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Life Might Have Liked Parts Of Ancient Mars

While there's still no evidence that life evolved on Mars, we now know that it at least could have.

Artist's rendition of NASA's Mars Science Laboratory spacecraft nearing the red planet

Photo: NASA/JPL-Caltech (flickr)

The Curiosity rover touched down on the Red Planet in August, 2012.

After years of planning, engineering, travel, extraction and analysis, the Curiosity rover has accomplished one of its primary missions. Incredibly, it’s found evidence that our neighbor planet, Mars, may once have been habitable!

4 Billion Years

Judging from soil samples collected by the Curiosity rover, it appears that within the last 4 billion years (the timeframe in which life has emerged and evolved on Earth) the same conditions that supported life on our planet also existed on Mars.

The samples were gathered in a region known as Yellowknife Bay, which, if the analysis is correct, was the location of a lake for anywhere from hundreds to tens of thousands of years.

The Mars research team is comprised of scientists from a range of specialties and published this and other findings from the Curiosity rover in a series of six papers that were released on December 9, 2013.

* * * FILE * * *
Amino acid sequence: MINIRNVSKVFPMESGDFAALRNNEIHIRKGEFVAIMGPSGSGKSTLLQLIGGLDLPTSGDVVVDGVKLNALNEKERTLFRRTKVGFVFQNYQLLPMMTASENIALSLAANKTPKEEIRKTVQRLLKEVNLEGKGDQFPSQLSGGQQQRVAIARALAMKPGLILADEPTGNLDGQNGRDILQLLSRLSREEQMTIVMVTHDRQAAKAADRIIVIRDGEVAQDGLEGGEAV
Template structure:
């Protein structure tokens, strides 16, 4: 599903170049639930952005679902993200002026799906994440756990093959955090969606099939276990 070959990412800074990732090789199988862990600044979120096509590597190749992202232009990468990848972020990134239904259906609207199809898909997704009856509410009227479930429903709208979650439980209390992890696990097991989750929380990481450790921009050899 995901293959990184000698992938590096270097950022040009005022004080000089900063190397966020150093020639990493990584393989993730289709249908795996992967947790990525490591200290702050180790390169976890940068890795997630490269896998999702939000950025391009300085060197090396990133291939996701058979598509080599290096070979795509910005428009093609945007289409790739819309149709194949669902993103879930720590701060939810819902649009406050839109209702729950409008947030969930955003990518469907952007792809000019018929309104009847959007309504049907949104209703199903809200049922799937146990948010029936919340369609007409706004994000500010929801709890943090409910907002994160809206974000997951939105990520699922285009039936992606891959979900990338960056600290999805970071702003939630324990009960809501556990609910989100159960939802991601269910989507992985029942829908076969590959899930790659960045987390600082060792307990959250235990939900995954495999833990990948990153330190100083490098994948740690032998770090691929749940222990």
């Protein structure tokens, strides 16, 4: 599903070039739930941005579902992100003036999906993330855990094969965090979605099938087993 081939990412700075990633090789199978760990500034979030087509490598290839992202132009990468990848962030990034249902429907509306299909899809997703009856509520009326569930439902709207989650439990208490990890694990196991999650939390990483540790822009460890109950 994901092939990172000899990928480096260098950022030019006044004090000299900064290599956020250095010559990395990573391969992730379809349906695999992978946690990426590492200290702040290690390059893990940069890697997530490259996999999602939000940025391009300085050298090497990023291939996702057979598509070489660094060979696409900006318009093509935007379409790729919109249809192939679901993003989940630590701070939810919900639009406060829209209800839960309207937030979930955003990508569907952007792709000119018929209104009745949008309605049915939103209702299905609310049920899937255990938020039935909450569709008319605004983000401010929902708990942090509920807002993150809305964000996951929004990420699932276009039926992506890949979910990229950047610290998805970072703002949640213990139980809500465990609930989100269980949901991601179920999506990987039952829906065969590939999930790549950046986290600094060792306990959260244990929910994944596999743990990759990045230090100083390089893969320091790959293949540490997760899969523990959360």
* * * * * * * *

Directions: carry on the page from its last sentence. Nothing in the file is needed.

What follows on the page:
Habitability

So what exactly would have made the now formidable landscape of Mars inviting to life long, long ago?

According to the papers, a few key elements, some moderation and energy sources would all have been necessary. And, as it turns out, all were present. The environment was neither too hot or too cold, nor too acidic or too basic.

In addition, the soil samples show that carbon, hydrogen, oxygen, sulfur, nitrogen and phosphorous were present, as was an energy source common to rock-eating microbes found on Earth: a mix of sulfur and iron minerals able to exchange electrons.

It’s not exactly be fine dining, but you’ve gotta start somewhere.

Read More:

  • NASA Rover Results (NASA)
  • A Habitable Fluvio-Lacustrine Environment at Yellowknife Bay, Gale Crater, Mars (CalTech)
  • Research confirms Mars once had conditions to support life (Indiana University)
Kayleigh Burgess

Kayleigh Burgess is a graduate student at Indiana University, studying journalism and sustainability. When she's not writing, reading and analyzing, you can find her in the kitchen making a feast or outside exploring. She is excited to keep her curiosity kindled by contributing to A Moment of Science.

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